Cloud Computing imposes new concepts and challenges for the role of monitoring and management of the Cloud environment and the smart city applications. The System Administrator no longer needs to provide servers, install software and wire up network devices since all this work is replaced by few clicks and command line calls. Nowadays, most of the daily tasks performed by system administrators are related with the applications. One of the characteristics of the Cloud, which facilitates the agile deployment of the applications, is the fact that administrators don’t have to master the art of capacity planning because they have the ability to create an automated elastic environment [i]. If they can understand, monitor, examine and observe the applications’ load and traffic patterns, they will be able to manage this elastic environment more effectively. Moreover, by measuring and monitoring the performance of the cloud applications, the application developers will have the opportunity to identify proactively any performance issues and to diagnose the root causes, so they take appropriate actions.
The Cloud environment should offer both to system administrators and application owners the necessary tools required to manage and maintain the platform and the deployed applications. Using these tools, they can focus on how to optimize the cloud-based application in order to increase cost savings. The “pay for what you use” approach of the Cloud, leads application owners to strive to optimize the system whatever possible. Even a small optimization might result in thousands of euros of savings.
The STORM CLOUDS approach
The STORM CLOUDS Platform includes features that both the platform administrator and the application owners can use for managing, monitoring and administering the platform’s components as well as the applications running in the cloud. The actions that a user can perform, depend on his/her role: the platform administrator has full control on all the components deployed in the cloud while application owners have full control of their applications and can perform only some actions on the platform components. For instance, application owners have full control over databases and shared volumes used by their applications but they do not have any control on databases and shared volumes used by other application owners. The following tools management and monitoring tools are available:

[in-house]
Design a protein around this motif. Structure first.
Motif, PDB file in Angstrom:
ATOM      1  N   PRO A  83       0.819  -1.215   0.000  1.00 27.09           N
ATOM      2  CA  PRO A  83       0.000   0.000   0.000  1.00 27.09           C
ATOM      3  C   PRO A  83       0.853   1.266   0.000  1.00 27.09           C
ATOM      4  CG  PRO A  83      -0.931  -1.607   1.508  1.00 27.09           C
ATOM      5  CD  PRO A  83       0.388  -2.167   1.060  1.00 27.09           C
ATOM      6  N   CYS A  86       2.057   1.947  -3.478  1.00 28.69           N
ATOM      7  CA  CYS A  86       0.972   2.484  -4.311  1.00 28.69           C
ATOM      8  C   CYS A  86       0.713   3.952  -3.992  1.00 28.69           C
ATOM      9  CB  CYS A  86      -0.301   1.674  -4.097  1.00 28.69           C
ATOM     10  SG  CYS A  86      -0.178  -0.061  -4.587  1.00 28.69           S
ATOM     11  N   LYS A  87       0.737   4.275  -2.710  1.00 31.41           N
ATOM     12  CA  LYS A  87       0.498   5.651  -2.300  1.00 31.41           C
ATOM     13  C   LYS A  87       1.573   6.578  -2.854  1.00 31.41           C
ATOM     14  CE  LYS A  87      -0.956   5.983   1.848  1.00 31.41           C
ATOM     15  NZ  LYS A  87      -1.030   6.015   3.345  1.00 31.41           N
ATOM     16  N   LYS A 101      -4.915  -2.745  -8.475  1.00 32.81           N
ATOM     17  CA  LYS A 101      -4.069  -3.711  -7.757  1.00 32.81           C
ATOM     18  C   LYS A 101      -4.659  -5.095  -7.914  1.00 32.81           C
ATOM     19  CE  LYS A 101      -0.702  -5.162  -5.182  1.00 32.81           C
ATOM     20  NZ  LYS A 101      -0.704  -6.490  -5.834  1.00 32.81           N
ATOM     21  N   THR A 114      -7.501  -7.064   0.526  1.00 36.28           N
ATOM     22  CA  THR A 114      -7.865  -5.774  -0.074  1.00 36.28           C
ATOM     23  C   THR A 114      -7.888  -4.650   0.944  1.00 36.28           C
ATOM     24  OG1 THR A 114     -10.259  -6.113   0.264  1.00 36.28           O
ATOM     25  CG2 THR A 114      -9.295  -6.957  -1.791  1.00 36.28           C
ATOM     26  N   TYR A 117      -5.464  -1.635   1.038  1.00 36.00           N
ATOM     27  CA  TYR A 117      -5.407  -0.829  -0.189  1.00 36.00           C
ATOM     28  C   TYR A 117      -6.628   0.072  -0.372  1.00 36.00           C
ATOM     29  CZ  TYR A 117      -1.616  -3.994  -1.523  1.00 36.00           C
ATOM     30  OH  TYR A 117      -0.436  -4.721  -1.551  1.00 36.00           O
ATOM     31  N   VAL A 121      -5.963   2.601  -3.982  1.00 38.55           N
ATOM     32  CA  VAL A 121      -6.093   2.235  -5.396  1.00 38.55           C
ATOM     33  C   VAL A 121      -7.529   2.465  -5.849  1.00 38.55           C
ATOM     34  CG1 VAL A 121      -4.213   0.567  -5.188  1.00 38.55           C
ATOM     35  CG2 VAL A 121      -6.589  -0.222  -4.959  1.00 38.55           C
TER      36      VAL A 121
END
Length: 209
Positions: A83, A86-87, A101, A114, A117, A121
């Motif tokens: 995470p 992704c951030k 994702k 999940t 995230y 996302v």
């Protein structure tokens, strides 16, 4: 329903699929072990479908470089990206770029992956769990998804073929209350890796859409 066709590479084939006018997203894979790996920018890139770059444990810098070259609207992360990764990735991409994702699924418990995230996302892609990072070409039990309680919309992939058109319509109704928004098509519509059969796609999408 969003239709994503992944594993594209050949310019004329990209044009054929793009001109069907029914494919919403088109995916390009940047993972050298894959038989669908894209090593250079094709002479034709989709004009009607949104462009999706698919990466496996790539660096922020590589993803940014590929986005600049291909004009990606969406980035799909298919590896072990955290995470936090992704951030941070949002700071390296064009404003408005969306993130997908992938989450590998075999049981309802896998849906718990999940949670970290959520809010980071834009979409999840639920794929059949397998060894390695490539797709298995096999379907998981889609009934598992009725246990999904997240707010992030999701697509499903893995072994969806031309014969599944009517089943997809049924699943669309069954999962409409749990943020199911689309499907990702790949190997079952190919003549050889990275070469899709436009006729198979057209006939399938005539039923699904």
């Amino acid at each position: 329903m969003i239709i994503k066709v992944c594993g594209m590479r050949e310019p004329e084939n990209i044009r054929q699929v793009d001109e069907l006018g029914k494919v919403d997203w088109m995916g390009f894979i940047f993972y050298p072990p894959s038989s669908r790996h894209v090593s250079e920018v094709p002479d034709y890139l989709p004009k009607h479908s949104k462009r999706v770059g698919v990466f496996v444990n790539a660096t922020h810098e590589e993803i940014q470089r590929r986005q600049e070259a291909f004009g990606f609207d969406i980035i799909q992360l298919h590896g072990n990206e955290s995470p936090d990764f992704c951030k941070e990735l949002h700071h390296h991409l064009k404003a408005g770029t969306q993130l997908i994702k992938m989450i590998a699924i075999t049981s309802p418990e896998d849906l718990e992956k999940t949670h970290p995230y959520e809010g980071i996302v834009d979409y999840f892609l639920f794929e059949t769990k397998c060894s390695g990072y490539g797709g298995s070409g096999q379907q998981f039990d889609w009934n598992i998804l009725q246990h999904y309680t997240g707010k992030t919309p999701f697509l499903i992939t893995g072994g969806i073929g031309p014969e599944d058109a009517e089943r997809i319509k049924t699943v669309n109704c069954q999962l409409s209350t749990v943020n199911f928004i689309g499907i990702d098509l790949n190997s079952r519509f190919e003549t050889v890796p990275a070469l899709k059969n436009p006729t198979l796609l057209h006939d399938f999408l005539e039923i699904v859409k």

- The Platform Administrator’s Console, which allows the SCP administrator to have full control of the layers of the platform. Through the console, (s)he can manage the databases, the file system, the IaaS layer, and the PaaS layers.
- The Database Administration Console, which allows administrators and applications’ owners to administer the supported databases. The module includes phpMyAdmin for MySQL administration and phpPgAdmin for PostgreSQL. Both tools implement very similar functions for the corresponding database engines like creating, modifying and deleting databases and database objects (e.g. tables, indexes, etc.), submitting queries, importing/exporting data, managing database accounts, etc. The platform’s administrator has full control of all databases and configures database accounts for the application owners, giving them the rights of managing only the database objects created for their applications.
The Monitoring Console, which monitors the resources (CPU load, disk space occupation, network traffic, number of processes, etc.) used by the platform’s services or by the applications. The module, which is implemented using Zabbix, continuously gathers information from the servers under control and, in case one or more parameters reach a threshold value, it notifies the operator by e-mail, Instant Message or SMS. Zabbix offers several monitoring options ranging from simple checks for verifying the availability/responsiveness of a server, to sophisticated measurements of parameters like CPU load, disk volume occupation, network traffic, number of processes, etc. Zabbix provides several ways for representing monitoring data in both graphical and textual/tabular format.
- The Backup Tool, which takes backups from databases and file systems. This module is implemented using Duplicity, an application that creates encrypted bandwidth-efficient backups using the rsync algorithm.
- The Automation Tool, which facilitates the application owners to deploy the Smart City applications to the IaaS layer automatically using a number of predefined Heat scripts.
[i] Jinesh Varia, 2011, Architecting for the Cloud: Best Practices, Amazon Web Services, viewed November 6, 2015, https://media.amazonwebservices.com/AWS_Cloud_Best_Practices.pdf